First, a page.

@app.callback(Output('num-faces-daily', 'figure'), [],
              [],
              [Event('face-count-daily-update', 'interval')])
def gen_num_faces_daily():
    weekAgo = dt.datetime.today() - timedelta(days=6)

    con = sqlite3.connect("./Data/faces.db")
    #query the first date time and last date time that a visitor face was seen
    df = pd.read_sql_query("""select faceID, MIN(date_time) as First_Seen , MAX(date_time) as Last_Seen 
		from visitorFace where date_time >= "%s" group by faceID;""" %weekAgo , con)
    #reset the index to do a groupby
    df= df.set_index(['First_Seen'])
    df.index = pd.to_datetime(df.index)
    #group the visitor faces by day and record the number of faces per day
    dfDaily = df.groupby(pd.TimeGrouper('D')).size().reset_index(name='counts')

    trace = Scatter(
	x=dfDaily['First_Seen'],
        y=dfDaily['counts'],
        line=Line(
            color='#42C4F7'
        ),
        hoverinfo='x+y',
        mode='lines',
        name= 'Daily'
    )

    layout = Layout(
        height=600,
        xaxis=dict(
            range=[min(dfDaily['First_Seen']),
                   max(dfDaily['First_Seen'])],
            showgrid=True,
            showline=True,
            zeroline=False,
            fixedrange=True,
            nticks=max(2,len(dfDaily.index)),
            title='Date Time'
        ),
        yaxis=dict(
            range=[min(0, min(dfDaily['counts'])),
                   max(dfDaily['counts'])],
            showline=True,
            fixedrange=True,
            zeroline=False,
            nticks=max(4,len(dfDaily.index)),
	    title='Faces'
        ),
        margin=Margin(
            t=45,
            l=50,
            r=50,
            b=100
        )
    )

    return Figure(data=[trace], layout=layout)

#callback method for hourly face count graph interval
@app.callback(Output('num-faces-hourly', 'figure'), [],
              [],
              [Event('face-count-hourly-update', 'interval')])
def gen_num_faces_hourly():
    weekAgo = dt.datetime.today() - timedelta(days=6)
    con = sqlite3.connect("./Data/faces.db")
    #query the first date time and last date time that a visitor face was seen
    df = pd.read_sql_query("""select faceID, MIN(date_time) as First_Seen , MAX(date_time) as Last_Seen 
		from visitorFace where date_time >= "%s" group by faceID;""" %weekAgo , con)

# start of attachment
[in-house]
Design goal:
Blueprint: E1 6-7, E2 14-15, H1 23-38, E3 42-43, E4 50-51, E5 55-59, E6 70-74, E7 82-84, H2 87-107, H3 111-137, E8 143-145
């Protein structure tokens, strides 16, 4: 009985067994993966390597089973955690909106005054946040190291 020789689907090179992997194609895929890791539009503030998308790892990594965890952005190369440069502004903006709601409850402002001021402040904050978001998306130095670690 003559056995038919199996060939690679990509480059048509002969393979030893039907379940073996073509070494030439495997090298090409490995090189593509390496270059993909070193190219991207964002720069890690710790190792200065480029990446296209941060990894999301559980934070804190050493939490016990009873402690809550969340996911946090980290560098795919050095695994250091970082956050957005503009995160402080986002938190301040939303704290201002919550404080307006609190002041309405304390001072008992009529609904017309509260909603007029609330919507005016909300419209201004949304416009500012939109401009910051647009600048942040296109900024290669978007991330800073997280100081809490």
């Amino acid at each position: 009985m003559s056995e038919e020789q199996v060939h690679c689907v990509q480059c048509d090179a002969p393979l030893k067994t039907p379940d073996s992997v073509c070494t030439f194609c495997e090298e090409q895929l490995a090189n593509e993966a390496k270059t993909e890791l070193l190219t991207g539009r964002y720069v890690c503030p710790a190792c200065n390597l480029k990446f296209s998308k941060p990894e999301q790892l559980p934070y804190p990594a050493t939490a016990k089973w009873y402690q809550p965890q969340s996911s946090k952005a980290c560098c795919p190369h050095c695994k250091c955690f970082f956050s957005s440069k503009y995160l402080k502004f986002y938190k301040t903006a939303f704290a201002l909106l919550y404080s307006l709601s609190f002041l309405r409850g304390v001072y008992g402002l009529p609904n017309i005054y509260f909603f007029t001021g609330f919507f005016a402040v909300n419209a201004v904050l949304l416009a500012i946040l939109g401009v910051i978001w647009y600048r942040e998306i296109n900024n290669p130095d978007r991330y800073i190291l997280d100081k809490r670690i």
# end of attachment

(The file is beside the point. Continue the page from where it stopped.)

#reset the index to do a groupby
    df= df.set_index(['First_Seen'])
    df.index = pd.to_datetime(df.index)
    #group the visitor faces by day and record the number of faces per hour
    dfHourly = df.groupby(pd.TimeGrouper('H')).size().reset_index(name='counts')


    trace = Scatter(
	x=dfHourly['First_Seen'],
        y=dfHourly['counts'],
        line=Line(
            color='#42C4F7'
        ),
        hoverinfo='x+y',
        mode='lines'
    )

    layout = Layout(
        height=600,
        xaxis=dict(
            range=[min(dfHourly['First_Seen']),
                   max(dfHourly['First_Seen'])],
            showgrid=True,
            showline=True,
            zeroline=False,
            fixedrange=True,
            nticks=14,
            title='Date Time'
        ),
        yaxis=dict(
            range=[min(0, min(dfHourly['counts'])),
                   max(dfHourly['counts'])],
            showline=True,
            fixedrange=True,
            zeroline=False,
            nticks=max(2,max(dfHourly['counts'])/10),
	    title='Faces'
        ),
        margin=Margin(
            t=45,
            l=50,
            r=50,
            b=100
        )
    )

    return Figure(data=[trace], layout=layout)

external_css = ["https://cdnjs.cloudflare.com/ajax/libs/skeleton/2.0.4/skeleton.min.css",
                "https://fonts.googleapis.com/css?family=Raleway:400,400i,700,700i",
                "https://fonts.googleapis.com/css?family=Product+Sans:400,400i,700,700i"]


for css in external_css:
    app.css.append_css({"external_url": css})

if __name__ == '__main__':
    app.run_server()
Code 5: app.py code for Dash by Plotly web graph

The above graphs give a very close up view of the traffic in front of the display. To get a higher level picture of what is going on, let’s arrange the data and look at how many visitor faces per day and per hour from the last week.

weekAgo = dt.datetime.today() - timedelta(days=6)

    con = sqlite3.connect("./Data/faces.db")
    #query the first date time and last date time that a visitor face was seen
    df = pd.read_sql_query("""select faceID, MIN(date_time) as First_Seen , MAX(date_time) as Last_Seen 
		from visitorFace where date_time >= "%s" group by faceID;""" %weekAgo , con)
    #reset the index to do a groupby
    df= df.set_index(['First_Seen'])
    df.index = pd.to_datetime(df.index)
    #group the visitor faces by day and record the number of faces per day
    dfDaily = df.groupby(pd.TimeGrouper('D')).size().reset_index(name='counts')
   dfHourly = df.groupby(pd.TimeGrouper('H')).size().reset_index(name='counts')
Code 6: Code snippet to query face count daily and hourly

Daily Face Count graph

Figure 5: Daily Face Count graph

Hourly Face Count Graph

Figure 6: Hourly Face Count Graph

Summary

So concludes this POC of gathering and analyzing data at the edge. Running the face tracking application and the Dash application at the same time will show data graphing in real time. From here any of the processed data is ready to send to the cloud to store for long term.

License

This article, along with any associated source code and files, is licensed under The Code Project Open License (CPOL)